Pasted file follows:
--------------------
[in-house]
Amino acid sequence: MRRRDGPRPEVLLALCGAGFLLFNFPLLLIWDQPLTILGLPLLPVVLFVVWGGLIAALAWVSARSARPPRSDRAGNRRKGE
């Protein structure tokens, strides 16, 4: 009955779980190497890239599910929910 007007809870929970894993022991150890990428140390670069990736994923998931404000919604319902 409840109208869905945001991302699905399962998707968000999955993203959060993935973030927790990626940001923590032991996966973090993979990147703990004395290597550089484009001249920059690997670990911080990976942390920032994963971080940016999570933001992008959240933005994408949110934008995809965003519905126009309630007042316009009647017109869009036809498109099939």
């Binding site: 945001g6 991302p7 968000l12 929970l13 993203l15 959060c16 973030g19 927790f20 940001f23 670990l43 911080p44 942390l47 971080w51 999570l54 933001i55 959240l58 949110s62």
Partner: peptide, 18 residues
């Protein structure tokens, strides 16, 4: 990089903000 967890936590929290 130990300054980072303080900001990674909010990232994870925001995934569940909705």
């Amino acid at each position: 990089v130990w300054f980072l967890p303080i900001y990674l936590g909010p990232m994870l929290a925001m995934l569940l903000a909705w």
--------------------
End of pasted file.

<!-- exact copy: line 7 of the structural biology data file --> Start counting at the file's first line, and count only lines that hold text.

């Amino acid at each position: 990089v130990w300054f980072l967890p303080i900001y990674l936590g909010p990232m994870l929290a925001m995934l569940l903000a909705w």